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John Moores Painting Prize 2018 shortlist revealed

The five shortlisted paintings vying for the prestigious John Moores Painting Prize have been revealed.

The winner of the anonymous submission prize, which celebrates its 60th anniversary in 2018, will take home £25,000.

All the shortlisted artworks are due to go on show at the Walker Art Gallery next month alongside more than 50 other paintings chosen for exhibit, and as part of the Liverpool Biennial.

The works were judged by a panel of jurors including the artists Monster Chetwynd, Turner Prize winner Lubaina Himid, Bruce McLean and Liu Xiaodong, and curator Jenni Lomax.

Lubaina Himid said: “One of the most striking things about this year's John Moores Painting Prize shortlist is that all five artists are obviously deeply passionate, not only about the hard-won process of painting itself, but more importantly for me, about what a painting can do when presented in a meaningful conversation with an audience.

“We’ve chosen works which seem to want to engage in many different ways – sometimes challenging and provoking, sometimes so bold they almost caused us to laugh out loud. And yet in amongst these predominantly large-scale, striking works, there are still and gentle moments which seem to overwhelm us with their strength.”

Here are the five shortlisted paintings with descriptions.

GIANTS, 2017, Joseph O’Rourke. Oil, acrylic and spray paint on two canvases.

O’Rourke painted GIANTS after returning from living in Budapest for six months. The city felt “gigantic” to the artist as a result of its geographical and historical size, from its impressive statues and monuments to its unique landscape, with the River Danube flowing through it. The title of the painting “refers not to the mythological beings but to the idea of what ‘giants’ really exist,” O’Rourke explains.

Joseph O’Rourke was born in Nottingham and studied at Manchester School of Art 2013-14 and Edinburgh College of Art 2014-17.

Quilt, 2017, Billy Crosby. Acrylic paint, metal paint, foam, coins and cardboard on board.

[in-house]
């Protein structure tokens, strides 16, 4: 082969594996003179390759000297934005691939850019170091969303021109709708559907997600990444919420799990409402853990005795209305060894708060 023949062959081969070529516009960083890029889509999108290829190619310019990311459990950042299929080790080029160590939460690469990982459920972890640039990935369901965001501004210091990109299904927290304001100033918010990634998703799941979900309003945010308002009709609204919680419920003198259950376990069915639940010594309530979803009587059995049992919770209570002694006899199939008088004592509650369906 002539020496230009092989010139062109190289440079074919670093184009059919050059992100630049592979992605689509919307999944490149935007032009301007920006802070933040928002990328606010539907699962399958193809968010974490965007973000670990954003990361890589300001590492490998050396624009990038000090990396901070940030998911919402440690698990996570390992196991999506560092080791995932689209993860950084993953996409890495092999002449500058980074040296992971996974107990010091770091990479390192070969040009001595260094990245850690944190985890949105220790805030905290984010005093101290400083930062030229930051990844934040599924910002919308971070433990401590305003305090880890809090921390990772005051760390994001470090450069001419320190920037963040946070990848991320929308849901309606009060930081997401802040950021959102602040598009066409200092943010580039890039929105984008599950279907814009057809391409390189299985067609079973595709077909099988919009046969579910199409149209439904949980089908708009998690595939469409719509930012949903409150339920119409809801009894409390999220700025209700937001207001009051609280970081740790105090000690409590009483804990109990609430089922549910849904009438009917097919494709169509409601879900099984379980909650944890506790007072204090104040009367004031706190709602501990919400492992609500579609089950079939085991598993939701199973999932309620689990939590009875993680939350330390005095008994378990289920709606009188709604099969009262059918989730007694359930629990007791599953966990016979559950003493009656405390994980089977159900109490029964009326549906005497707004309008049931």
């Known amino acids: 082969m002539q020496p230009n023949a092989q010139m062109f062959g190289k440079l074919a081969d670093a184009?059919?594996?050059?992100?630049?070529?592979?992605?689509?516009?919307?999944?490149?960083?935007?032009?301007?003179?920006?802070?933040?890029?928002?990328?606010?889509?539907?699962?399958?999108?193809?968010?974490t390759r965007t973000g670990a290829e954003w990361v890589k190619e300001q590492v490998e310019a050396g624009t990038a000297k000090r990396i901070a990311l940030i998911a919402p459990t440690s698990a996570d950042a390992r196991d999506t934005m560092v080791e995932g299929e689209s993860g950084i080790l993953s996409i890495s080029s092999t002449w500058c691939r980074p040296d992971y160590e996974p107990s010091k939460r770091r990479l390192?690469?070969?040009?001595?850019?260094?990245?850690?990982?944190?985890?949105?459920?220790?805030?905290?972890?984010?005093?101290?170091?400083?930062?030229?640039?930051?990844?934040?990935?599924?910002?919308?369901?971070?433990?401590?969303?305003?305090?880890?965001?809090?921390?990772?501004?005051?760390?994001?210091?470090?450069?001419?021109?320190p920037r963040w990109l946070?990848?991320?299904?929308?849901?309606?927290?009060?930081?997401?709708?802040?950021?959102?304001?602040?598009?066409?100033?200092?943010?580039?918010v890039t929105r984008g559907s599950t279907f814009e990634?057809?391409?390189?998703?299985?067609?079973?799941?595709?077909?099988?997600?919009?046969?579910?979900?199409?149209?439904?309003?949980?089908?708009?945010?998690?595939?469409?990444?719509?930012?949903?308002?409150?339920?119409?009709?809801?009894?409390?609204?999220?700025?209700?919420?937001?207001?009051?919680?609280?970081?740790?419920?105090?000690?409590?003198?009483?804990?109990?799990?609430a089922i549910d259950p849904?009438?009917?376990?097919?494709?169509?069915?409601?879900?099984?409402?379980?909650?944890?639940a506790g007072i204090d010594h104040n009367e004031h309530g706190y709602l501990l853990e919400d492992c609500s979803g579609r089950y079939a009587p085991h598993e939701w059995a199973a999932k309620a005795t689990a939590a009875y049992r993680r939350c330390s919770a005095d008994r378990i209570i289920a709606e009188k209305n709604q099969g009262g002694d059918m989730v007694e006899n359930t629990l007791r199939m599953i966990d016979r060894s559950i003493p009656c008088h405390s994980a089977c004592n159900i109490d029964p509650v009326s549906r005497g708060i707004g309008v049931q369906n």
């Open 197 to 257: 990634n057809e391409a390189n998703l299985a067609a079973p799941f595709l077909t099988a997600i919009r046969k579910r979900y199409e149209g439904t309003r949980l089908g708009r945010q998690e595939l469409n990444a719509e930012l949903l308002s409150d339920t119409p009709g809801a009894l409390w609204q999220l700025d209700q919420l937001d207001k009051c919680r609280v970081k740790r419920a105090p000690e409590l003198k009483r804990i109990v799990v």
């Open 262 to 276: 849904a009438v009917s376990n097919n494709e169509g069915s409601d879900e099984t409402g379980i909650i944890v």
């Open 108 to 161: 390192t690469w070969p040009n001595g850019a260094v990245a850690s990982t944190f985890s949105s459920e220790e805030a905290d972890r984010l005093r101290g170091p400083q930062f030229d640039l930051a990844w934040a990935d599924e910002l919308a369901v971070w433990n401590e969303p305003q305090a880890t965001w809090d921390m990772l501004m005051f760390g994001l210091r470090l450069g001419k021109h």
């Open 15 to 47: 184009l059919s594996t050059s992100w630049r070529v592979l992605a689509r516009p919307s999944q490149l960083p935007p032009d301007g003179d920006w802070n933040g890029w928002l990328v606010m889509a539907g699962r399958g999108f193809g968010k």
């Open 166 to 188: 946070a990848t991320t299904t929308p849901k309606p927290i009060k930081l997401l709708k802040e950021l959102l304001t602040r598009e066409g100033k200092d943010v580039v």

At first glance, Quilt appears to be wooden, yet it is in fact made from woven cardboard and foam. It is reminiscent of a padded cell door. Crosby calls his painting “an anti-quilt” – the opposite of traditional quilts which are often personal, emotive items, recycled from old garments by a maker with a personal history linking them to the material. Crosby describes his approach as “weaving together differing perceptions of material and representation into a rich mush.”

Billy Crosby was born in Dumfries and Galloway and attended London College of Communication 2010-11 and Camberwell College of Arts 2013-16.

King and Queen of Wands, 2017, Jacqui Hallum. Ink on cotton.

In her painting, Hallum draws on imagery ranging from medieval woodcuts and leaded glass windows to tarot cards and Art Nouveau children’s book illustrations. She works across a number of loose cotton sheets, staining and dying them with inks (drawing ink, graffiti ink and squid ink). The sheets move between Hallum’s studio and garden throughout this process, before they are grouped and pinned together, concealing and revealing themselves to create a multi-part work.

Jacqui Hallum was born in Wembley, London and is based in Totnes, Devon. She attended Coventry School of Art and Design 1996-9 and Slade School of Fine Art 2000-2.

The Divide, Beyond Reasoning, 2017, Shanti Panchal. Watercolour on paper

Panchal creates his paintings slowly and meditatively, loading washes of colour onto the surface of textured paper and mixing the colours on the paper, rather than on a palette, to create a fresco-like depth and intensity. The figures in The Divide, Beyond Reasoning hold our attention with a solemn grandeur. Their surroundings are free from detail and they don’t make eye contact with each other, “suggesting a subtle tension or deep emotions beneath the surface,” according to Panchal.

Shanti Panchal was born in Mesar, Gujarat. He attended Sir JJ School of Art, Bombay and Byam Shaw School of Art, London (British Council scholarship) 1978-80.

The Thunderous Silence of Your Presence, 2017, Tom Howse. Acrylic on flax.

Through his painting, Howse explores our approaches towards understanding the complexities of nature, humans and the universe in which we reside. He is interested in how humans can be drawn to cosmological explanations and folklore to sooth their fear of the unknown. Realism and fantasy sit side-by-side in Howse’s painting. He describes this “dichotomy between our quest to know and our fallibility to comprehend” as a driving force in his practice.

Tom Howse was born in Chester and is based in London. He studied at Wimbledon College of Art 2008-11.

The John Moores Painting Prize exhibition is at the Walker Art Gallery from July 14 to November 18.

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